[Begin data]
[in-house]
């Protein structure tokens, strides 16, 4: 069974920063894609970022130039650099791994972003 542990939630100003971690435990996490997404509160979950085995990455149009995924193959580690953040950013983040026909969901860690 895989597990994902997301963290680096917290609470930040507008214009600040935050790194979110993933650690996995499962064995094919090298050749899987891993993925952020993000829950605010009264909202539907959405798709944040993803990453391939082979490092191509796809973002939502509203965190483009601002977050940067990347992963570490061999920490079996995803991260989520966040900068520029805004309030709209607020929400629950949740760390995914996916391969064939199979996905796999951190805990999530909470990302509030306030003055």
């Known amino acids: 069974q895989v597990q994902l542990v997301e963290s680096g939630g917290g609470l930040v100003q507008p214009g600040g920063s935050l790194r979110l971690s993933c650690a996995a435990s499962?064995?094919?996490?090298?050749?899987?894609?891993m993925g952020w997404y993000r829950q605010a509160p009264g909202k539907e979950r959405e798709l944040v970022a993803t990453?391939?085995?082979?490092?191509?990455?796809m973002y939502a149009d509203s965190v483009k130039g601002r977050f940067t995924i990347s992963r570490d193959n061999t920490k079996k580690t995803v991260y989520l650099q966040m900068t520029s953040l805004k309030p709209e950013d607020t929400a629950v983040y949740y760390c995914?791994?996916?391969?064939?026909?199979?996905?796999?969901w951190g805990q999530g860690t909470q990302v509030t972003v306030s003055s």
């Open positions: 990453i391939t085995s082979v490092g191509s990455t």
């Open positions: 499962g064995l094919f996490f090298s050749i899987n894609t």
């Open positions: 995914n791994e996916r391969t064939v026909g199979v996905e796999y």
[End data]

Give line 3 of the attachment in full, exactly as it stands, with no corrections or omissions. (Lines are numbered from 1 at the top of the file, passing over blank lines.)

């Known amino acids: 069974q895989v597990q994902l542990v997301e963290s680096g939630g917290g609470l930040v100003q507008p214009g600040g920063s935050l790194r979110l971690s993933c650690a996995a435990s499962?064995?094919?996490?090298?050749?899987?894609?891993m993925g952020w997404y993000r829950q605010a509160p009264g909202k539907e979950r959405e798709l944040v970022a993803t990453?391939?085995?082979?490092?191509?990455?796809m973002y939502a149009d509203s965190v483009k130039g601002r977050f940067t995924i990347s992963r570490d193959n061999t920490k079996k580690t995803v991260y989520l650099q966040m900068t520029s953040l805004k309030p709209e950013d607020t929400a629950v983040y949740y760390c995914?791994?996916?391969?064939?026909?199979?996905?796999?969901w951190g805990q999530g860690t909470q990302v509030t972003v306030s003055s």